The latest food security and nutrition analysis from the FAO-managed Food Security and Nutrition Analysis Unit (FSNAU) and the Famine Early Warning Systems Network (FEWSNET) issued on 2 February 2017 revealed that the number of people in need of humanitarian assistance has increased from 5 million in September 2016 to 6.2 million between February and June 2017. That is more than half the population. The current caseload of 185,000 of severely malnourished children will likely increase over the coming months to 270,000 children in need of urgent treatment. Some 30,000 children have already dropped out of school in drought-affected areas only in Puntland and Somaliland.
The FSNAU/FEWSNET results reveal a drastic increase in the number of people experiencing “crisis” and “emergency” levels of food insecurity from 1.1 million in the previous six months, to a projected 2.9 million between February and June 2017. Deyr 2016 harvests represented the second lowest cereal production since 1995, further reducing food availability and access following a poor Gu 2016 season. Cereal prices have increased since October, and are expected to continue to climb through mid-2017. The situation for children is especially grave. The GAM prevalence is above the critical (< 15 per cent) threshold in 13 out of 27 rural and displaced groups. There are more than 3.2 million people in urgent need of WASH assistance, but it is estimated that the number will rise to 4.5 million. (OCHA, 17 Feb 2017)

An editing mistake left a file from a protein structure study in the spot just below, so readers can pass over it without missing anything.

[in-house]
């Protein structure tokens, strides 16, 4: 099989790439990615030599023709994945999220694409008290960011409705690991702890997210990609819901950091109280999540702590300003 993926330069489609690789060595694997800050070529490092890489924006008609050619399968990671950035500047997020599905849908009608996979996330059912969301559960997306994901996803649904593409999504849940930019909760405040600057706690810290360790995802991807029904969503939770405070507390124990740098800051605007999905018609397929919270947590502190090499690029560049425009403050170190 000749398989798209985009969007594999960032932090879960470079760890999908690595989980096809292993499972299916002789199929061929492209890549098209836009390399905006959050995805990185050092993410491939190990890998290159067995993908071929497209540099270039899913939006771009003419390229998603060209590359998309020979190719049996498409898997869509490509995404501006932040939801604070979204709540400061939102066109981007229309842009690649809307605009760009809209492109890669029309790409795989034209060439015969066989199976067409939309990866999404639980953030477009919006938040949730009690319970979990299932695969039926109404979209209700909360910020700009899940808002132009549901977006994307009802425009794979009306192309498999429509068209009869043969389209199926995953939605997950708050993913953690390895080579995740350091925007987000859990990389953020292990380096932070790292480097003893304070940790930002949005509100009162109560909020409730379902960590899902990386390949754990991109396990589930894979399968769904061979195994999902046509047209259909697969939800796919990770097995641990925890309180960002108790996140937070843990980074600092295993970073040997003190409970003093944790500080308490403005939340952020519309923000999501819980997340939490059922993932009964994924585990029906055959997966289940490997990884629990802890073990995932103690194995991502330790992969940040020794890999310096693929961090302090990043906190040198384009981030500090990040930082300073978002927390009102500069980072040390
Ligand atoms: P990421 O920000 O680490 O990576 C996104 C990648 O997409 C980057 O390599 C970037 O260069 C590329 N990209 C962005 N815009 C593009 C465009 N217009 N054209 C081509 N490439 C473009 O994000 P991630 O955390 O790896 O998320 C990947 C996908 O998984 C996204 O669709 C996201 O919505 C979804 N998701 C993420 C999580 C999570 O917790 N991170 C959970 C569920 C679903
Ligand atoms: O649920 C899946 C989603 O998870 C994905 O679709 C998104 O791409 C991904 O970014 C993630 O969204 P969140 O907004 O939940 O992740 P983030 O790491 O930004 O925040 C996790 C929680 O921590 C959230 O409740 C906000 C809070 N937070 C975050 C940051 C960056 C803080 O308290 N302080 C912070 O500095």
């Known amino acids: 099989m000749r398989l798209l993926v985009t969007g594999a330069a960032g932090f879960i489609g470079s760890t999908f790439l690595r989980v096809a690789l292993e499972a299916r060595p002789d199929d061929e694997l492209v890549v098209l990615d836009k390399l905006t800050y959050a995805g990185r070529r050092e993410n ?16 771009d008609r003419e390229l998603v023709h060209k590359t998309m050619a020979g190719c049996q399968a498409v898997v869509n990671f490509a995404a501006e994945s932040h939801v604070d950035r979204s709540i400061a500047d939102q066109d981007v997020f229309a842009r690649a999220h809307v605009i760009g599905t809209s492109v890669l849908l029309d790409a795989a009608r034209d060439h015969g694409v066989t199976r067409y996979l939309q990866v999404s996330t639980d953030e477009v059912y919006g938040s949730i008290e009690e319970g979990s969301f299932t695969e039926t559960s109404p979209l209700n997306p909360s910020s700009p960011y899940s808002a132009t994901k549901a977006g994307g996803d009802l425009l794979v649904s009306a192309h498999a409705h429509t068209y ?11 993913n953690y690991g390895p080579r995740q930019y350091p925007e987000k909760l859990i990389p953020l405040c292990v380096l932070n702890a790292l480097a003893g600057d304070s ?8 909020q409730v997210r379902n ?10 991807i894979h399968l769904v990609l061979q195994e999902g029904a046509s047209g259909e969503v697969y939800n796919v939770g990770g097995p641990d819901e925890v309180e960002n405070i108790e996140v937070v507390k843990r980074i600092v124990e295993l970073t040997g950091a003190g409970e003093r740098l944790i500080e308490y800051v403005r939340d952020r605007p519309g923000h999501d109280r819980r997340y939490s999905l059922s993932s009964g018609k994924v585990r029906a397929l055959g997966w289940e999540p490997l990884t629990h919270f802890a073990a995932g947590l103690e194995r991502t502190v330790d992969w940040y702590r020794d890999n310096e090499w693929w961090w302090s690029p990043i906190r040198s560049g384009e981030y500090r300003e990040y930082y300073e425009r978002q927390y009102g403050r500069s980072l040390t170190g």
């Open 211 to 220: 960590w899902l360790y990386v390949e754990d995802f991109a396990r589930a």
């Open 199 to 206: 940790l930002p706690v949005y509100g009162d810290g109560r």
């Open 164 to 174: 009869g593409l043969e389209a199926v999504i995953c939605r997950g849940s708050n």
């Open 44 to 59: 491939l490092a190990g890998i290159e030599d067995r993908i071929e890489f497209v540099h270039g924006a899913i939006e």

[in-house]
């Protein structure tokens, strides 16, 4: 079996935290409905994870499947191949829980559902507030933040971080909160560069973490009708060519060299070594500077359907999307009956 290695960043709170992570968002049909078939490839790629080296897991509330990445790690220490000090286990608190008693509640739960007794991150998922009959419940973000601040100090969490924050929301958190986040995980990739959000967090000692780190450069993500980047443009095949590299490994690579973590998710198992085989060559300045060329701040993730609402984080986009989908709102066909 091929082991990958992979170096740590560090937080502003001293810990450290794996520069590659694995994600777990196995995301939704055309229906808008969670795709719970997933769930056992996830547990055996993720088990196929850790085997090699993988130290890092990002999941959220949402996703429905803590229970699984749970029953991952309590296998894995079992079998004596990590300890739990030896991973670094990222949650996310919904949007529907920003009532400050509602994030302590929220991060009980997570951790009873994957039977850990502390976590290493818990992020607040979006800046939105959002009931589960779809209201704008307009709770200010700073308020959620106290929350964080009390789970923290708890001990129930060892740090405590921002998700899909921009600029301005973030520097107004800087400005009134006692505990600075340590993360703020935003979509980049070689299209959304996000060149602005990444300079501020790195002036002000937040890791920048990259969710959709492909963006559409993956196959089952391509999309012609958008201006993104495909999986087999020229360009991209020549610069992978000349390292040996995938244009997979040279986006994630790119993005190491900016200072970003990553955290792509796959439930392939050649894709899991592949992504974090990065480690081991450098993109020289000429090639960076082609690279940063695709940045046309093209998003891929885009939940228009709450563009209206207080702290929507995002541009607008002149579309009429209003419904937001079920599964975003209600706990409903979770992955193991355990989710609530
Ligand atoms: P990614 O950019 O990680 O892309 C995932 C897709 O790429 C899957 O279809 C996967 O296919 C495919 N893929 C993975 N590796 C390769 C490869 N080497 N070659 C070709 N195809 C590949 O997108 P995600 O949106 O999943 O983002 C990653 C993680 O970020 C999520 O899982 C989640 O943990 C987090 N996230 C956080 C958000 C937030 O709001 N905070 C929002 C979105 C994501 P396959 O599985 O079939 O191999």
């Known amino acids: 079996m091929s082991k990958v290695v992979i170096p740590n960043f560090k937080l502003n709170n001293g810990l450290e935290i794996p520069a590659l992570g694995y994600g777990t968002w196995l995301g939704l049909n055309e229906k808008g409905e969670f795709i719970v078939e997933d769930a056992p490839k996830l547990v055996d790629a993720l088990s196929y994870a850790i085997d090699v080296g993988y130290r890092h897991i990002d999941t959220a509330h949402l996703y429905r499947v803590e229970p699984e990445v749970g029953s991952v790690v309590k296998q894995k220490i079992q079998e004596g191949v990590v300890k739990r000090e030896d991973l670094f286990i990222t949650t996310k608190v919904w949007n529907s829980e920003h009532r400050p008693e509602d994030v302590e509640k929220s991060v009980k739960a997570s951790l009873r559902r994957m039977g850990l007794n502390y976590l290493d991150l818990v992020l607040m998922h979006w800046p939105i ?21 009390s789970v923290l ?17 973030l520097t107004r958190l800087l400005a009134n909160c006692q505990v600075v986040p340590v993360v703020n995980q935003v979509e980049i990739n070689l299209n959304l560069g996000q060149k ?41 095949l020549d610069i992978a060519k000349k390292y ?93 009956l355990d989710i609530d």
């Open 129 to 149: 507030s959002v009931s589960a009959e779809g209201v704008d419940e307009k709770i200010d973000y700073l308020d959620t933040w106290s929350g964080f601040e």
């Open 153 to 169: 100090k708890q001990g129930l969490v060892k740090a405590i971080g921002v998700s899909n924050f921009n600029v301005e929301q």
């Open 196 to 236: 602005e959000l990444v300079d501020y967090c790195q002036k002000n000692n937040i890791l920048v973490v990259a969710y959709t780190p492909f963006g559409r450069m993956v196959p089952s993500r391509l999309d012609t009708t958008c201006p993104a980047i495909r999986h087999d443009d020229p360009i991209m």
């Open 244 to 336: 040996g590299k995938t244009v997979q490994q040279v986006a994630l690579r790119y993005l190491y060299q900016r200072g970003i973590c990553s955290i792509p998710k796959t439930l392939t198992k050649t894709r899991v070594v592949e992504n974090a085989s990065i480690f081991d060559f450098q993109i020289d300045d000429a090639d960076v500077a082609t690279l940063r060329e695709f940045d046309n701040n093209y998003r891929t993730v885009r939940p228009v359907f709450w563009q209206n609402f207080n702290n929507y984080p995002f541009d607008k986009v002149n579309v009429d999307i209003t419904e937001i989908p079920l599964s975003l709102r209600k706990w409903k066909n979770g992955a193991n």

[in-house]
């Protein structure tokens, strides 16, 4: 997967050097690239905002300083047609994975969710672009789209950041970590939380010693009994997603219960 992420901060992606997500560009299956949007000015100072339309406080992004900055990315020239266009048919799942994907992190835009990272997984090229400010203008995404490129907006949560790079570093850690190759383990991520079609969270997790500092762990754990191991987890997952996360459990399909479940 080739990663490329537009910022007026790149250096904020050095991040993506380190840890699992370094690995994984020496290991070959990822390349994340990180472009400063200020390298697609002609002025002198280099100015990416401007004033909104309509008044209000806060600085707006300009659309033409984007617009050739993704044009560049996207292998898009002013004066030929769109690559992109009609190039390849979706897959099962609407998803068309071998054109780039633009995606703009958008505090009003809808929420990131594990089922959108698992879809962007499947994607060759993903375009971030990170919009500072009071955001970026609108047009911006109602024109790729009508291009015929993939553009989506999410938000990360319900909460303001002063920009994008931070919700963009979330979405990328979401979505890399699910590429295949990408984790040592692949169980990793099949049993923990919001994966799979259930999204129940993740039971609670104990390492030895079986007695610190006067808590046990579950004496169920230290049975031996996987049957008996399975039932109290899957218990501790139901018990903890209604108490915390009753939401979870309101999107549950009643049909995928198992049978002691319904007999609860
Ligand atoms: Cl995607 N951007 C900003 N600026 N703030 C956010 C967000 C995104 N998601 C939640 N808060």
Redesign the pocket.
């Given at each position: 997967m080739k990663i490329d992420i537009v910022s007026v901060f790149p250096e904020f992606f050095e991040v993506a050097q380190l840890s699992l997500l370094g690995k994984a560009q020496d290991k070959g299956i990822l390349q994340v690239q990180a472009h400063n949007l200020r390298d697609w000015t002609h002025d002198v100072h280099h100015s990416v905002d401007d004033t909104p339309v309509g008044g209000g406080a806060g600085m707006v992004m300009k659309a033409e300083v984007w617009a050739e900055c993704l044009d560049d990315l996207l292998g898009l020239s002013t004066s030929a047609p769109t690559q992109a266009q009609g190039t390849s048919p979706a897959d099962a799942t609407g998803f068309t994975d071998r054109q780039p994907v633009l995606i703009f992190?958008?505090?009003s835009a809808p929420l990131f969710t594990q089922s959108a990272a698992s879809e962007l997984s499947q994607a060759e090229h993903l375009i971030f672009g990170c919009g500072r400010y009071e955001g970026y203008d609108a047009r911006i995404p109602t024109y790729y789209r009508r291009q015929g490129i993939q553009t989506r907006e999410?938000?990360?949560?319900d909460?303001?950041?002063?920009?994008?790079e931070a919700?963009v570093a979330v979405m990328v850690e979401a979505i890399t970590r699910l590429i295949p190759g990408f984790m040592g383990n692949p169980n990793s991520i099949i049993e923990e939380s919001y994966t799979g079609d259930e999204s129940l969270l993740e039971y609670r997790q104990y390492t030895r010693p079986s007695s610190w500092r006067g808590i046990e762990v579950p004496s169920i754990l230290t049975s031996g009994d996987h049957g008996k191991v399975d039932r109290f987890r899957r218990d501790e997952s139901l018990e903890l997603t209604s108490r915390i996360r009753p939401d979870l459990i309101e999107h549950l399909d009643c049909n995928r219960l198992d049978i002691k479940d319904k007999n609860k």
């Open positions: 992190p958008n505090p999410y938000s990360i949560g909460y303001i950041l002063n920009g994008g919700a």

With famine declared in parts of South Sudan, the hunger crisis in Somalia is on the cusp of becoming a famine, and Kenya experiencing severe drought, the lives of 700,000 children who are suffering severe acute malnutrition are now in the balance.
The situation in Somalia is deteriorating quickly as well, with acute levels of food insecurity increasing each day. World Vision is deeply concerned that hundreds of children could die if they do not get the nutritious food supplements they urgently need, as well as water and food.
Ethiopia - As severe food insecurity continues to rise due to the worsening drought, thousands of Somalis are being forced to leave their homes in search of water, food and pasture. The Government of Ethiopia and the humanitarian community are planning for the potential arrival of 50,000 Somalis in the border regions of Ethiopia. These individuals will require urgent humanitarian assistance.